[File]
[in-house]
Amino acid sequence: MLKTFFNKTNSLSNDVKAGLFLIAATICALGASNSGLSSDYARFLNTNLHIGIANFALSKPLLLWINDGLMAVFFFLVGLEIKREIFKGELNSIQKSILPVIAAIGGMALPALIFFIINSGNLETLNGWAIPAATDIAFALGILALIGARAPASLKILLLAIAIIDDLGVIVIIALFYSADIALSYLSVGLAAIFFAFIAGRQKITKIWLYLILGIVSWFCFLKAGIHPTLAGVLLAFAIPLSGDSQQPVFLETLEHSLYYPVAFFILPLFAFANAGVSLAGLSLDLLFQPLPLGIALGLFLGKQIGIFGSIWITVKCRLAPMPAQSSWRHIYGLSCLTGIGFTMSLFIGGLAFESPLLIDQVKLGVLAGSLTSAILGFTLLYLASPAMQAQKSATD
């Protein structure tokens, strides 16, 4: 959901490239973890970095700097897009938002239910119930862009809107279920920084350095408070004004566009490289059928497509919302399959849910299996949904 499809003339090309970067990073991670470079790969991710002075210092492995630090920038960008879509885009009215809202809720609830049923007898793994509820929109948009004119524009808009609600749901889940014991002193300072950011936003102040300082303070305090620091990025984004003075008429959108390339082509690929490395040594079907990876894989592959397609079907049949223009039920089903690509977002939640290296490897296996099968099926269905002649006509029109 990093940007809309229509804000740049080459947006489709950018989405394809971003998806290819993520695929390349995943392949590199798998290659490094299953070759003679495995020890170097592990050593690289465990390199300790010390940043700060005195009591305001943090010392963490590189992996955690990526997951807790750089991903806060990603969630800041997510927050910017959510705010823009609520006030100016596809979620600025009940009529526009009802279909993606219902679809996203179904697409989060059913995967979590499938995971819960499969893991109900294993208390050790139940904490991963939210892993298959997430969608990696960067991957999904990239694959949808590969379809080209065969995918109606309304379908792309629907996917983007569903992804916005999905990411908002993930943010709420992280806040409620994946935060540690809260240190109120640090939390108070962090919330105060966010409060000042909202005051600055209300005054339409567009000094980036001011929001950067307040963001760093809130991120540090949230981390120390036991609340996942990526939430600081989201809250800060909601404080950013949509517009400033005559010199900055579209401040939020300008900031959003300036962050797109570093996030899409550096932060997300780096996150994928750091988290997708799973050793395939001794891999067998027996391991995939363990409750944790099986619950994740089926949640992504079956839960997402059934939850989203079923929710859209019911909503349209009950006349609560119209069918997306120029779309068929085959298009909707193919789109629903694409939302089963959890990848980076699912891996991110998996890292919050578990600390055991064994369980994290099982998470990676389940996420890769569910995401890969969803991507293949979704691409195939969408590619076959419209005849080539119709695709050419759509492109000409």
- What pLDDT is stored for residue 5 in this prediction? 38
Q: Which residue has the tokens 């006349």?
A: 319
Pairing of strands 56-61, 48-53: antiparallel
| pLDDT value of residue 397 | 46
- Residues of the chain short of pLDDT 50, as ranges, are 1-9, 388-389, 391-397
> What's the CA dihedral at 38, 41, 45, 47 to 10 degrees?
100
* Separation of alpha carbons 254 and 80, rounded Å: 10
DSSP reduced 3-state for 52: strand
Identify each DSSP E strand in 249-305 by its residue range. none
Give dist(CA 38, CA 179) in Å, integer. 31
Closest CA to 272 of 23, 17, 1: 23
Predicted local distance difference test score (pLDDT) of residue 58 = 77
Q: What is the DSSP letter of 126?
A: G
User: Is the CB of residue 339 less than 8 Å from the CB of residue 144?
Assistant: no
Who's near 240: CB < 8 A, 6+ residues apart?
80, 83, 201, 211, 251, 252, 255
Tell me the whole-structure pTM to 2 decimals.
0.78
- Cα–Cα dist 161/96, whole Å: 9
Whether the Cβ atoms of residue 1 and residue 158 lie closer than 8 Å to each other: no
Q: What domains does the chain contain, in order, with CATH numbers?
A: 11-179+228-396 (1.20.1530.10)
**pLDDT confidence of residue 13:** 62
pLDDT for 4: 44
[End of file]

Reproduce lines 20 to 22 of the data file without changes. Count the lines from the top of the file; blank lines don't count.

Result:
User: Is the CB of residue 339 less than 8 Å from the CB of residue 144?
Assistant: no
Who's near 240: CB < 8 A, 6+ residues apart?